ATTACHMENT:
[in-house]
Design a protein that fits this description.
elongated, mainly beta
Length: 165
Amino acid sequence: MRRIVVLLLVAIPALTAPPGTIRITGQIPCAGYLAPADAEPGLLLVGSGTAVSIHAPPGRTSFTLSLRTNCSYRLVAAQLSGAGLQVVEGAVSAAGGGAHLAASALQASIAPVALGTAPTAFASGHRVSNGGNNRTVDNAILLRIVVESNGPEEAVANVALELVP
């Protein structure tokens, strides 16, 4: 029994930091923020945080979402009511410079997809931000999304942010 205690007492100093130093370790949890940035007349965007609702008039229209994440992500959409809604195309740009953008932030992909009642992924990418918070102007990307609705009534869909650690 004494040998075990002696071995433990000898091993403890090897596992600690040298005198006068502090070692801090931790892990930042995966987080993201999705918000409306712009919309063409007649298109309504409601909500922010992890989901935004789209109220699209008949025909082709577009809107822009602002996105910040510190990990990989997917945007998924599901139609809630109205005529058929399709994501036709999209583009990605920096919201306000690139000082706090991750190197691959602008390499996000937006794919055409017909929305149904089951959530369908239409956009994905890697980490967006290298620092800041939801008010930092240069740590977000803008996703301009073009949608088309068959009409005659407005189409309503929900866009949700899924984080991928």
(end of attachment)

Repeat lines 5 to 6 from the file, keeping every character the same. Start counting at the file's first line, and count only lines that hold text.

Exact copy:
Amino acid sequence: MRRIVVLLLVAIPALTAPPGTIRITGQIPCAGYLAPADAEPGLLLVGSGTAVSIHAPPGRTSFTLSLRTNCSYRLVAAQLSGAGLQVVEGAVSAAGGGAHLAASALQASIAPVALGTAPTAFASGHRVSNGGNNRTVDNAILLRIVVESNGPEEAVANVALELVP
């Protein structure tokens, strides 16, 4: 029994930091923020945080979402009511410079997809931000999304942010 205690007492100093130093370790949890940035007349965007609702008039229209994440992500959409809604195309740009953008932030992909009642992924990418918070102007990307609705009534869909650690 004494040998075990002696071995433990000898091993403890090897596992600690040298005198006068502090070692801090931790892990930042995966987080993201999705918000409306712009919309063409007649298109309504409601909500922010992890989901935004789209109220699209008949025909082709577009809107822009602002996105910040510190990990990989997917945007998924599901139609809630109205005529058929399709994501036709999209583009990605920096919201306000690139000082706090991750190197691959602008390499996000937006794919055409017909929305149904089951959530369908239409956009994905890697980490967006290298620092800041939801008010930092240069740590977000803008996703301009073009949608088309068959009409005659407005189409309503929900866009949700899924984080991928």